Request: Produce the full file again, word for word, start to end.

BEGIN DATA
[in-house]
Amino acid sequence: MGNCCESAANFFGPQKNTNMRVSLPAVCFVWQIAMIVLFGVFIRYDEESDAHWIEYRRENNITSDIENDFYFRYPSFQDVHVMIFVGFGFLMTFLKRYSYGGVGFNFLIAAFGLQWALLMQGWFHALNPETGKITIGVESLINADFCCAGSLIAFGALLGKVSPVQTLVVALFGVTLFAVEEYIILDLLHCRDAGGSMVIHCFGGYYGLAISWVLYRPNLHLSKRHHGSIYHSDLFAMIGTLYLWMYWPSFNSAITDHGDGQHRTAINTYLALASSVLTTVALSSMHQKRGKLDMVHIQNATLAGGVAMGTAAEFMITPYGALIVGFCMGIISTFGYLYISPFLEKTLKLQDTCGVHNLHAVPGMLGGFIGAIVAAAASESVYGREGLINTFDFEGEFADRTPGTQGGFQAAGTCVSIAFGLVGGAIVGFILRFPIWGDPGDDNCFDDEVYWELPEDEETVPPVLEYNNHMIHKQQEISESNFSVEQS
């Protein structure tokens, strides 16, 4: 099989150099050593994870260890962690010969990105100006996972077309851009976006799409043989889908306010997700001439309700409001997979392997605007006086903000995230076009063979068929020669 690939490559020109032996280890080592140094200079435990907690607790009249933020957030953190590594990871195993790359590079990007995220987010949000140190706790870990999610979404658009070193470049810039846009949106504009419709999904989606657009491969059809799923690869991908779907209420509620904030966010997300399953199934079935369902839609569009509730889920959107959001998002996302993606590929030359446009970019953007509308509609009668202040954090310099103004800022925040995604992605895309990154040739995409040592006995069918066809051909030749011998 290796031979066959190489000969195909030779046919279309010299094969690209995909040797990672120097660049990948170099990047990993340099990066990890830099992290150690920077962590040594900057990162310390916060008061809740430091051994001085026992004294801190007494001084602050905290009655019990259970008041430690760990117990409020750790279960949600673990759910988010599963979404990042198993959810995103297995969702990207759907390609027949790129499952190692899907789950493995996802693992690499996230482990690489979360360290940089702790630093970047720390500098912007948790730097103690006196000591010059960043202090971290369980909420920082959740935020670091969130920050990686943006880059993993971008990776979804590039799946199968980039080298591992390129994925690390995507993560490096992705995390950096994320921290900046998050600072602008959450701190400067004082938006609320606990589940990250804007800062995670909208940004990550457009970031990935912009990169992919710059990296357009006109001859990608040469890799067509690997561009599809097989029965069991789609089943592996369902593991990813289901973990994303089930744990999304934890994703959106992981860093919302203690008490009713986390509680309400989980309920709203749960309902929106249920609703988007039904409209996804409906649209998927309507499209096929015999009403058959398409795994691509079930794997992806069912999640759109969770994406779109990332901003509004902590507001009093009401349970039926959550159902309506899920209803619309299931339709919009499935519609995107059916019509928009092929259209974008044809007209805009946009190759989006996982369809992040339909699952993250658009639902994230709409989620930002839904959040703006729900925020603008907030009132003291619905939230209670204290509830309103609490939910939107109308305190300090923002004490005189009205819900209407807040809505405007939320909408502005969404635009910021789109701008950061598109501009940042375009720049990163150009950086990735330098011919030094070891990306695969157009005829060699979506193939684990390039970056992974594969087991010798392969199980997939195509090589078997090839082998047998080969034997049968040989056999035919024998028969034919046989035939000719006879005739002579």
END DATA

[in-house]
Amino acid sequence: MGNCCESAANFFGPQKNTNMRVSLPAVCFVWQIAMIVLFGVFIRYDEESDAHWIEYRRENNITSDIENDFYFRYPSFQDVHVMIFVGFGFLMTFLKRYSYGGVGFNFLIAAFGLQWALLMQGWFHALNPETGKITIGVESLINADFCCAGSLIAFGALLGKVSPVQTLVVALFGVTLFAVEEYIILDLLHCRDAGGSMVIHCFGGYYGLAISWVLYRPNLHLSKRHHGSIYHSDLFAMIGTLYLWMYWPSFNSAITDHGDGQHRTAINTYLALASSVLTTVALSSMHQKRGKLDMVHIQNATLAGGVAMGTAAEFMITPYGALIVGFCMGIISTFGYLYISPFLEKTLKLQDTCGVHNLHAVPGMLGGFIGAIVAAAASESVYGREGLINTFDFEGEFADRTPGTQGGFQAAGTCVSIAFGLVGGAIVGFILRFPIWGDPGDDNCFDDEVYWELPEDEETVPPVLEYNNHMIHKQQEISESNFSVEQS
């Protein structure tokens, strides 16, 4: 099989150099050593994870260890962690010969990105100006996972077309851009976006799409043989889908306010997700001439309700409001997979392997605007006086903000995230076009063979068929020669 690939490559020109032996280890080592140094200079435990907690607790009249933020957030953190590594990871195993790359590079990007995220987010949000140190706790870990999610979404658009070193470049810039846009949106504009419709999904989606657009491969059809799923690869991908779907209420509620904030966010997300399953199934079935369902839609569009509730889920959107959001998002996302993606590929030359446009970019953007509308509609009668202040954090310099103004800022925040995604992605895309990154040739995409040592006995069918066809051909030749011998 290796031979066959190489000969195909030779046919279309010299094969690209995909040797990672120097660049990948170099990047990993340099990066990890830099992290150690920077962590040594900057990162310390916060008061809740430091051994001085026992004294801190007494001084602050905290009655019990259970008041430690760990117990409020750790279960949600673990759910988010599963979404990042198993959810995103297995969702990207759907390609027949790129499952190692899907789950493995996802693992690499996230482990690489979360360290940089702790630093970047720390500098912007948790730097103690006196000591010059960043202090971290369980909420920082959740935020670091969130920050990686943006880059993993971008990776979804590039799946199968980039080298591992390129994925690390995507993560490096992705995390950096994320921290900046998050600072602008959450701190400067004082938006609320606990589940990250804007800062995670909208940004990550457009970031990935912009990169992919710059990296357009006109001859990608040469890799067509690997561009599809097989029965069991789609089943592996369902593991990813289901973990994303089930744990999304934890994703959106992981860093919302203690008490009713986390509680309400989980309920709203749960309902929106249920609703988007039904409209996804409906649209998927309507499209096929015999009403058959398409795994691509079930794997992806069912999640759109969770994406779109990332901003509004902590507001009093009401349970039926959550159902309506899920209803619309299931339709919009499935519609995107059916019509928009092929259209974008044809007209805009946009190759989006996982369809992040339909699952993250658009639902994230709409989620930002839904959040703006729900925020603008907030009132003291619905939230209670204290509830309103609490939910939107109308305190300090923002004490005189009205819900209407807040809505405007939320909408502005969404635009910021789109701008950061598109501009940042375009720049990163150009950086990735330098011919030094070891990306695969157009005829060699979506193939684990390039970056992974594969087991010798392969199980997939195509090589078997090839082998047998080969034997049968040989056999035919024998028969034919046989035939000719006879005739002579």